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Pieter Van Cleynenbreugel

The EU and US legal orders rely on presumptions and other rules of evidence permitting to establish, to the requisite legal standard, the presence of anticompetitive abusive behaviour. This chapter seeks to highlight how and when both legal orders rely on such presumptions and other rules of evidence and what impact such differentiated reliance has on the potential for both legal orders to converge on substantive abuse regulation questions. To that extent, it distinguishes and analyses two different categories of rules of evidence (short-cut rules and evidentiary presumptions) present in both legal orders. General policy and case law evolutions allow to infer that both legal systems seemingly attest to a move away from short-cut rules in favour of evidentiary presumptions. In the US, the latter kind of presumptions are also even more limited in scope and scale. Building on that analysis, the chapter subsequently questions to what extent short-cut rules and evidentiary presumptions serve as analytical benchmarks in the quest for a more globally streamlined abuse regulation framework.

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Pieter Van Cleynenbreugel

Although the founding European Union Treaties consistently refer to solidarity as one of the central values underlying European integration, the concept of solidarity remains undefined and under-theorised in EU constitutional law. Different conceptions of solidarity can therefore simultaneously be – and have effectively been – read into the EU Treaty framework. This chapter identifies and structures these conceptions and re-evaluates their relevance and co-existence in the aftermath of the economic and financial crises. The first part of this chapter provides a genealogy of EU solidarity categories. Those categories exemplify the fragmented and potentially conflicting solidarity values presently underlying EU primary law. Four categories will be distinguished: liberalising, redistributive, constitutive and administrative solidarity. Whilst liberalising and redistributive conceptions in principle promote substantive economic and social solidarity among Member States, citizens and the peoples of Europe, constitutive and administrative solidarity categories project an image of transnational solidarity most directly aimed at Member States’ interactions. The second part applies the identified solidarity categories to EU financial and sovereign debt crisis governance. It argues that recent EU initiatives to restore confidence in markets most readily adhere to administrative solidarity, whilst seemingly downplaying more substantive solidarity discussions. In doing so, post-crisis governance has missed significant opportunities to redesign and develop an upgraded and less fragmented substantive solidarity framework reflected throughout EU law.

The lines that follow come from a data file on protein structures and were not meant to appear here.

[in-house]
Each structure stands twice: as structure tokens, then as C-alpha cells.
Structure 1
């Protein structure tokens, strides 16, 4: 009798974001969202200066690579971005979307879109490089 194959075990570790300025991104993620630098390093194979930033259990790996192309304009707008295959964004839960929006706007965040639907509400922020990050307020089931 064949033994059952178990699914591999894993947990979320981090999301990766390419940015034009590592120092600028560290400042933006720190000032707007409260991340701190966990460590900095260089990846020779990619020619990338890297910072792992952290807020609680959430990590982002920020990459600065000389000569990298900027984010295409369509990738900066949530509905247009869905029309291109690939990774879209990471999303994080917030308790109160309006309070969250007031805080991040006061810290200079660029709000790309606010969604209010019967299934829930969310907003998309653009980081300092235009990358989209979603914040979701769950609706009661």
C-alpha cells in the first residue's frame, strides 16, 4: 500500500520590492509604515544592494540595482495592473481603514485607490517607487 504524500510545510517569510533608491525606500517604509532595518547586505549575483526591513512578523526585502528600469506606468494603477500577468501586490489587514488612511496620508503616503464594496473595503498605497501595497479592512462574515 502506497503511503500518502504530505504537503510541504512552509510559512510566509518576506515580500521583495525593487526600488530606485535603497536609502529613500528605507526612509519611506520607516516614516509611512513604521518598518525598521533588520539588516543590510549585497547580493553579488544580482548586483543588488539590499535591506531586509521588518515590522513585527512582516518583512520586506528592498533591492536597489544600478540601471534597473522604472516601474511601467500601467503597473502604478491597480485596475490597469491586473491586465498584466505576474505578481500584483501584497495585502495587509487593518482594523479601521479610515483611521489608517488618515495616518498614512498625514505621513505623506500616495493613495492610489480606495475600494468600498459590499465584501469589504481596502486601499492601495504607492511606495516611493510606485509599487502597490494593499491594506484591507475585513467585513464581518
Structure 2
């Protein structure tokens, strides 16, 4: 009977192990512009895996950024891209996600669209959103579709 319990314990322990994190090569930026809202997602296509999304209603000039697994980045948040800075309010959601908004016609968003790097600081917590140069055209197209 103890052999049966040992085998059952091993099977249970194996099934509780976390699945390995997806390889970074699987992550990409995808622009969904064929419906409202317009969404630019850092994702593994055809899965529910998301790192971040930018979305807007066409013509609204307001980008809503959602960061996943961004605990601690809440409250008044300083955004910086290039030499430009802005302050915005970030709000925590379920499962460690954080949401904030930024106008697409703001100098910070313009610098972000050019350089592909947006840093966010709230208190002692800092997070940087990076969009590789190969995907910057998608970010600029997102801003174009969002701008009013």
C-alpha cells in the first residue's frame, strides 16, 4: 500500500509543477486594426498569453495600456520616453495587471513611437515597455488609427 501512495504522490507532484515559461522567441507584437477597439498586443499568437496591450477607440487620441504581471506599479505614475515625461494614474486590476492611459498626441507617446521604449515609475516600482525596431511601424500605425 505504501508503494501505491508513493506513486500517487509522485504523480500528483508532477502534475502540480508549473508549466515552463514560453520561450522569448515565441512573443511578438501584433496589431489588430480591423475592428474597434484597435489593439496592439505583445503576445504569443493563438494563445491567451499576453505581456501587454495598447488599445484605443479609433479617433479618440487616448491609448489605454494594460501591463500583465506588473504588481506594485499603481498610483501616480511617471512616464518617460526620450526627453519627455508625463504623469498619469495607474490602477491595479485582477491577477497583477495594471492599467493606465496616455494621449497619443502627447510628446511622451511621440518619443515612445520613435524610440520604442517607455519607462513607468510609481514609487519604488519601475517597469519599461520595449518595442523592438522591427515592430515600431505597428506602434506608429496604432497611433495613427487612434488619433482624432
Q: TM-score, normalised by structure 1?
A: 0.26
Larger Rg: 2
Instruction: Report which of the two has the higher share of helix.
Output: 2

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Pieter Van Cleynenbreugel

This chapter identifies and distinguishes four different types of scholarship and policymaking on the relationship between competition law and innovation. Scholarship varies to the extent that it considers innovation to be an exogenous or external value to the competition law protection framework and conversely an endogenous or internal value. In addition, different scholars frame innovation either as a positive or a negative value that needs to be addressed by (competition) law. Distinguishing those different kinds of scholarship, the chapter offers a framework in which the different chapters throughout the volume can be understood better.

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Pieter Van Cleynenbreugel

In addition to their roles in supporting EU internal policies, agencies are increasingly called upon to assess, in one way or another, the equivalence of third country legal regimes. This chapter will offer an overview of the equivalence procedures in place before reflecting on the accountability challenges specific to those procedures. To that extent, the first part will identify and classify varieties of agency intervention in different third country equivalence procedures. Analysing the legal basis for agency intervention and the specific powers granted to the respective agencies in that respect, this part will develop a topology of different equivalence roles conferred on EU agencies. Building on this analysis, the second part will examine the accountability features in place in order to identify a particular gap in those accountability features, and will propose a way forward to close this gap.

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Pieter Van Cleynenbreugel and Wouter Devroe

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Edited by Paul Nihoul and Pieter Van Cleynenbreugel

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Edited by Paul Nihoul and Pieter Van Cleynenbreugel

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Edited by Paul Nihoul and Pieter Van Cleynenbreugel

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Edited by Paul Nihoul and Pieter Van Cleynenbreugel